We live in a bizarre time. A time when a group of mainstream, self-proclaimed ‘globalist’ parties in the Netherlands have the audacity to hold a meeting to discuss a possible ban on Forum for Democracy (FVD), the largest membership party in the country, led by Thierry Baudet.
The FVD, for those who are unfamiliar with it, is a nationalist and populist party in the Netherlands. The FVD is a vocal critic of the established order and an advocate for those who are increasingly disillusioned with mainstream narratives. They’re been threatened with silence.
The irony is almost comical in this situation. Even the parties that accuse FVD of undermining democracy themselves are orchestrating an attack on democratic principles.
The FVD was accused of being undemocratic, but the FVD had been a staunch advocate of democracy. They are committed to the rule of law, against violence and encourage people to exercise their democratic rights to vote. They advocate for more democracy and not less. Referenda, elected mayors, and respecting the rule of law are all part of their platform.
Why is FVD suddenly being demonized? Does it happen because the FVD questions the status quo? They dare to question the worldview that is dominant, the importance of NATO, and the use of coronavirus vaccinations. And they even interrogate the EU project. Baudet explains that they are targeted because of their “system opposition” and fundamental rejection of the most important narratives.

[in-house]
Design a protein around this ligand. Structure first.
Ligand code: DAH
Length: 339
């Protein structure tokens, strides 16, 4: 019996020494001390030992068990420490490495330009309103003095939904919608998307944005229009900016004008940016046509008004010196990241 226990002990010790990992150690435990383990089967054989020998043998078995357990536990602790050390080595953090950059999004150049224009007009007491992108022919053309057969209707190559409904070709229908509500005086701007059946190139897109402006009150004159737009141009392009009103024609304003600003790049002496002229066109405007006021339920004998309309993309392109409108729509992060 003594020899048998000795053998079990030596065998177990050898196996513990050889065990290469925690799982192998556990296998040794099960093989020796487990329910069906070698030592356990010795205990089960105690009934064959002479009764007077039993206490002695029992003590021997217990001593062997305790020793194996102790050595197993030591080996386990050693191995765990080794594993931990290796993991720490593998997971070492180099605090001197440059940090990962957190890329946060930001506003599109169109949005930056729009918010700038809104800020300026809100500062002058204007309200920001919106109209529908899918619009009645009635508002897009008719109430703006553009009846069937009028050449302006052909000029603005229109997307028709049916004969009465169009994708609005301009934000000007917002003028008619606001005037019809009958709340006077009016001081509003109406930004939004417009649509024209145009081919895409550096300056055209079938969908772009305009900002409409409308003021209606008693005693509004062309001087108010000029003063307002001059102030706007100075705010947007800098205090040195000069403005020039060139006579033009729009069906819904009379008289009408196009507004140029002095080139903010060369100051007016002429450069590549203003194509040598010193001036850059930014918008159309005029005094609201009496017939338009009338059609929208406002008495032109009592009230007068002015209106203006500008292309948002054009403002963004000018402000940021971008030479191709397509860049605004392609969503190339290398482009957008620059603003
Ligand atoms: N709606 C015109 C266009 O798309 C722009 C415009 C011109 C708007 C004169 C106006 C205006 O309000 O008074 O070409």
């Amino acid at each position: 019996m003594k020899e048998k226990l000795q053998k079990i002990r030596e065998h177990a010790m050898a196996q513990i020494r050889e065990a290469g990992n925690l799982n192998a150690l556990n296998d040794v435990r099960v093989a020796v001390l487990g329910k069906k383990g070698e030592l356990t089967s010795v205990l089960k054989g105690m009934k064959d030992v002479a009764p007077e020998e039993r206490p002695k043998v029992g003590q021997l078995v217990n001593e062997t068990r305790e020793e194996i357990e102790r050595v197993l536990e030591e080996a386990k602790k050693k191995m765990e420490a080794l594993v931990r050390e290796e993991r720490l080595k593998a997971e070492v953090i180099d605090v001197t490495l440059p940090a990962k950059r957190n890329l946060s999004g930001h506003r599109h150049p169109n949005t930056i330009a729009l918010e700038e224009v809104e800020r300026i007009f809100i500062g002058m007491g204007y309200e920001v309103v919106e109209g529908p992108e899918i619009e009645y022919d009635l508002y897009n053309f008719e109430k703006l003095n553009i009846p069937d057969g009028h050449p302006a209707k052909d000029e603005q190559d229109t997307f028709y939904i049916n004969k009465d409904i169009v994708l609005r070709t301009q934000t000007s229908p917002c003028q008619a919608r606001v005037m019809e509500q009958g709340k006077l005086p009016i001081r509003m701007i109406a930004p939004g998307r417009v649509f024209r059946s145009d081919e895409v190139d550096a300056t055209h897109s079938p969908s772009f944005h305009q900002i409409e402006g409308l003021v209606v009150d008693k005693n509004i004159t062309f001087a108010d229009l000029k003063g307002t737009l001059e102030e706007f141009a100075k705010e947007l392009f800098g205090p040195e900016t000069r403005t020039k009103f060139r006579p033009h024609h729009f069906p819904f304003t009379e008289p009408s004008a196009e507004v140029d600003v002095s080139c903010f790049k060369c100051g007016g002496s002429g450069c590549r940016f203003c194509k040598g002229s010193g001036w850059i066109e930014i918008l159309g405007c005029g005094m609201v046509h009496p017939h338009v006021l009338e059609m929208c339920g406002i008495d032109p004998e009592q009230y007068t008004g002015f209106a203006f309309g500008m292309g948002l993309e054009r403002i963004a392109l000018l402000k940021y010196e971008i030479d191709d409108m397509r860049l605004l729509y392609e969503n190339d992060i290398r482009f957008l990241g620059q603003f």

In a bizarre turn of events these mainstream parties now try to “solve”, the problem of the erosion of public trust, not by addressing the issues at the root, but by trying to silence the party that speaks out against this disenchantment.
In a recent interview, Thierry Baudet responded to the sensational headlines about the possible ban of his FVD party. He stated that the FVD supports peaceful solutions, and dismissed the accusations of undermining democratic values as a fallacy. He explains that he believes that open discussion makes society stronger and that this principle is under threat.
Baudet expresses concern about the future. He envisions a world where the FVD will be marginalized, possibly through increased censorship in social media or financial sanctions. Even in the face of such challenges, Baudet remains resolute and committed to spreading its message and continuing its fight.
It’s absurd that parties who claim to defend democracy undermine it by trying to silence an opposition party for daring to ask hard questions, challenge the dominant narrative, and truly embody democratic spirit through debate and dissent. Baudet correctly points out that questioning democracy does not weaken it; rather, it strengthens it.
This outrageous decision to ban the FVD could be a direct attack not only on the FVD but also on the foundations of democracy. This blatant act of hypocrisy, as well as the undemocratic behavior, should alarm the people of the Netherlands and those all over the world.